Dyslexia Impacts Hearing Too

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Dyslexia Impacts Hearing Too

Some consider dyslexia a problem that exclusively affects the ability to read and recall words. However, data suggest dyslexia encompasses more than just that, and affects how the brain processes speech as well.

Dyslexia affects Processing Speech

Typically, there are big differences in reading, but for something like listening, there are subtle, critical differences.

The differences in listening can cause problems for those with dyslexia, not only in understanding meanings, but also in comprehending sounds of speech. Data suggests that people with dyslexia have trouble recognizing voices.

Problems with comprehending sounds of speech can cause children with dyslexia to misspeak, for instance, calling a “champ” a “camp”.

The child understands what they are trying to communicate, but they are unable to transmit their understanding to the sounds necessary to correctly utter the word.

Dyslexics compared with Non-Dyslexics in Reading

Data suggests that there are big differences in dyslexics and non-dyslexics in a broad range of tasks such as reading.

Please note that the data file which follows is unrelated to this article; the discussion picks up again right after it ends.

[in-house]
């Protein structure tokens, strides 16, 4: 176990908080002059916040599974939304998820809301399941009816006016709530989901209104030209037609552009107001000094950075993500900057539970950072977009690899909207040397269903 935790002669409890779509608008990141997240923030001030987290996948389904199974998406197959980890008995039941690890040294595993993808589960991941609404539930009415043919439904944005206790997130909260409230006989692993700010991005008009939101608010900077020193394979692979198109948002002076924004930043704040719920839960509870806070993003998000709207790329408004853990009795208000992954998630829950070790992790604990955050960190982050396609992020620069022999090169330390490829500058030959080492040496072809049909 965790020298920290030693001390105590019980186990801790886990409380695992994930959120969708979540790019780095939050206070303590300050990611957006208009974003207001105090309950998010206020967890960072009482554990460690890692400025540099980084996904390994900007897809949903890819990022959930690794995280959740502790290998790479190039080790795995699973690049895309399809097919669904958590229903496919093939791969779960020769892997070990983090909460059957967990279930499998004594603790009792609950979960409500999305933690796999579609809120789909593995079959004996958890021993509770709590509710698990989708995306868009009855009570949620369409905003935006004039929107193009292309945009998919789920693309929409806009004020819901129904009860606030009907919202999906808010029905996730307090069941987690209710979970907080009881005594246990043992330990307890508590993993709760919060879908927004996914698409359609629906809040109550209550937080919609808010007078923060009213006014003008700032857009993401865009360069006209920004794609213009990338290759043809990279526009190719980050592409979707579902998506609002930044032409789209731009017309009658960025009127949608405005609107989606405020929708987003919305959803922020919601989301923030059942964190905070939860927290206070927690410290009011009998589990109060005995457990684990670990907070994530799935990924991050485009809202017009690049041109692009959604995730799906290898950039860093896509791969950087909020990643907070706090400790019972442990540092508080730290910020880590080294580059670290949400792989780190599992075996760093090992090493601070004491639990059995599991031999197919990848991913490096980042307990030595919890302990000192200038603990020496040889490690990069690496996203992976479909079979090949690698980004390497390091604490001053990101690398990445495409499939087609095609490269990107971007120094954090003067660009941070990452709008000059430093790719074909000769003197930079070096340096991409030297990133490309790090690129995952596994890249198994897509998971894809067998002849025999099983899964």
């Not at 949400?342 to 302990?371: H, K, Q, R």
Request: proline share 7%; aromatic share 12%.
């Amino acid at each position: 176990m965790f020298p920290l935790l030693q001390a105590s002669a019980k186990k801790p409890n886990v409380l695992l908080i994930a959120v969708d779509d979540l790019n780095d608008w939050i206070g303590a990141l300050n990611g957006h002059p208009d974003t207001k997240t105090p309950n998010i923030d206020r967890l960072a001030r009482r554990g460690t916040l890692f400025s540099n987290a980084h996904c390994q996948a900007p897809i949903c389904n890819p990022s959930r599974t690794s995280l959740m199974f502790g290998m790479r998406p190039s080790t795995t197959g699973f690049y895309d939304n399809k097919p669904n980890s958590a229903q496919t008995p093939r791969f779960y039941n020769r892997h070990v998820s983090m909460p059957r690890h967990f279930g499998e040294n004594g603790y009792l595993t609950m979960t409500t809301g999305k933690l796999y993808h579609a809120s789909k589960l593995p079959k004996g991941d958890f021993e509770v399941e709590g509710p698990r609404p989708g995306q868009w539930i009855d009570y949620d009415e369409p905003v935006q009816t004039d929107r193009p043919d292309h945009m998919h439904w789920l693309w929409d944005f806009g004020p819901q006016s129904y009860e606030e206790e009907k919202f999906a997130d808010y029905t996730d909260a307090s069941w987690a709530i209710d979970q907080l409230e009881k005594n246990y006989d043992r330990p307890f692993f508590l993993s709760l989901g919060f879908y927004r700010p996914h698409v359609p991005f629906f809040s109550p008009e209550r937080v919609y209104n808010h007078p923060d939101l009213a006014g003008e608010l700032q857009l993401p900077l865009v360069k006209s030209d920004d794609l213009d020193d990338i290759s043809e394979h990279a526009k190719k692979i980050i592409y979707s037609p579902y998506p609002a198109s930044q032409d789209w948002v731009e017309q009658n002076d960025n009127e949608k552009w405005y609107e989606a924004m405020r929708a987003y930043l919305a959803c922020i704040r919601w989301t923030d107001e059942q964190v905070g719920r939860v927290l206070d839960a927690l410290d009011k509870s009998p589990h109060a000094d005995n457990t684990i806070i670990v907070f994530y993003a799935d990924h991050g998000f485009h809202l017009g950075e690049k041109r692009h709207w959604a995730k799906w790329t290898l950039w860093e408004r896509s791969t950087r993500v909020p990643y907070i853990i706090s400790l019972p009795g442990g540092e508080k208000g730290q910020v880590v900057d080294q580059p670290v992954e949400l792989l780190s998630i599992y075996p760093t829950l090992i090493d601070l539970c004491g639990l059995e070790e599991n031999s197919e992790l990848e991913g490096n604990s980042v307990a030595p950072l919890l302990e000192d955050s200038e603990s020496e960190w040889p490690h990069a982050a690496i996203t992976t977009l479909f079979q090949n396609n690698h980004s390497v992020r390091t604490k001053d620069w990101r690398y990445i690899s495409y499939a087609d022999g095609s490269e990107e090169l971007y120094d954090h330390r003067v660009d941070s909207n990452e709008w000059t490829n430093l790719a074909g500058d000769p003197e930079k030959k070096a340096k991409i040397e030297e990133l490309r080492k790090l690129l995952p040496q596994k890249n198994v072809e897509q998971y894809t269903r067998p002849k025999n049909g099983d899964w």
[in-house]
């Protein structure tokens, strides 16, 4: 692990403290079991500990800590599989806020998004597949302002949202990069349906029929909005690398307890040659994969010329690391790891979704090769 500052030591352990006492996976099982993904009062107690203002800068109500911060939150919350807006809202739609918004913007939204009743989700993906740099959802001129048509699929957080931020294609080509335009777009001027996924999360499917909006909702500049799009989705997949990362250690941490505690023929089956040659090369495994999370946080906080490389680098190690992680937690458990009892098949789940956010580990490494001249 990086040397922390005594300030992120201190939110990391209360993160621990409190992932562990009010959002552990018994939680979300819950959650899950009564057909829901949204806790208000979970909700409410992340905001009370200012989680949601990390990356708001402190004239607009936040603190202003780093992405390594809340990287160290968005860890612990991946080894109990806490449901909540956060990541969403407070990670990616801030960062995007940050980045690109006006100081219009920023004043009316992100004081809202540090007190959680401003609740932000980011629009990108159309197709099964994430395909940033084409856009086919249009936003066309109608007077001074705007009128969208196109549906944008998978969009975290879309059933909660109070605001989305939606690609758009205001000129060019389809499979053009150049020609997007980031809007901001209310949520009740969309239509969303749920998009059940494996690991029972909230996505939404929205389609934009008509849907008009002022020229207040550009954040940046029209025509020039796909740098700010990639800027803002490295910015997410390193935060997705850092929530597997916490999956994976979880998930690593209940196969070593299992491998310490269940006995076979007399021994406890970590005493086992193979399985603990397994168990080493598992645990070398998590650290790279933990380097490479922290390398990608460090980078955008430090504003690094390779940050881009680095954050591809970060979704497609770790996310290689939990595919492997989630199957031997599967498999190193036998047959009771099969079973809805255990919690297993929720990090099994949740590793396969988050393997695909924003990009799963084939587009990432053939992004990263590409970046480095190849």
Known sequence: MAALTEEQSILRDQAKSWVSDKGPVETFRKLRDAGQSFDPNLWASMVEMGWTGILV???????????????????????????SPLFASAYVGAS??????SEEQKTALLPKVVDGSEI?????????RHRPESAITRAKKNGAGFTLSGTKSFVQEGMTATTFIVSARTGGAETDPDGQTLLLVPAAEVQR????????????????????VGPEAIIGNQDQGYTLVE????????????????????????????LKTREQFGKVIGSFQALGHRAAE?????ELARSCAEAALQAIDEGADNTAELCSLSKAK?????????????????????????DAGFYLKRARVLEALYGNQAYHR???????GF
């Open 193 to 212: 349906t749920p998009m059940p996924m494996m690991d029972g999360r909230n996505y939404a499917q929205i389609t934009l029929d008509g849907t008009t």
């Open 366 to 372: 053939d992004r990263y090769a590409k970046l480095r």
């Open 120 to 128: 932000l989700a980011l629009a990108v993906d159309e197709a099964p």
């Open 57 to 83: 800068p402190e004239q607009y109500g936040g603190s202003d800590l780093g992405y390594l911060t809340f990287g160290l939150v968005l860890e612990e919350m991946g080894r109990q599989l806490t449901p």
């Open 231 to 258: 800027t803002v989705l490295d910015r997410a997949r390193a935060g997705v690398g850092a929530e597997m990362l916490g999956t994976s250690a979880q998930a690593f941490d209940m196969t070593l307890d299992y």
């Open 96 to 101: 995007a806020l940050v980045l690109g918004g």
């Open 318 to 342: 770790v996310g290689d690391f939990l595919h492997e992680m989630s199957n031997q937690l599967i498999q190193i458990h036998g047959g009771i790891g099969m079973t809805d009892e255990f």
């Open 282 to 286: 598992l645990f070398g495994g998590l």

There appears to be a wide range of learning difficulties that can be circumvented, but language and reading difficulties are challenging to circumvent.

Normal reading is the ability to have all brain systems integrate automatically. In dyslexia, the brain is not able to integrate its unit of sound systems with other components of its language comprehension system.

Even when dyslexics learn to read well, spoken language deficiencies can persist.

Diagnostic Tests for Dyslexia

Common diagnostic tests will require the participant to separate sounds from words such as saying “batman” only with the “bat” part.

The voice-recognition task might be used as well, to identify young children at risk for dyslexia.

For a comprehensive understanding of the assessment and diagnostic process for dyslexia, please visit us here.

The Takeaway 

For dyslexic children, the ability of truly hearing and comprehending a parent or teacher speak may be a problem.

If a child has trouble grasping the sounds that make up language, acquiring reading skills will be harder.

It is important to understand that what may appear as unintelligent, such as not being able to answer, “who is the president?”, is not a problem of intelligence at all, but rather of word retrieval.  Reframing a basic question like that as a multiple-choice question, makes it a lot more likely that the child will answer the question correctly.

The Pathways team of professionals has helped thousands of people with Dyslexia. We are Dedicated to effective and compassionate care for individuals with neurological challenges.  If you have concerns you might have dyslexia, contact Dr Gordon for a comprehensive evaluation and effective treatment.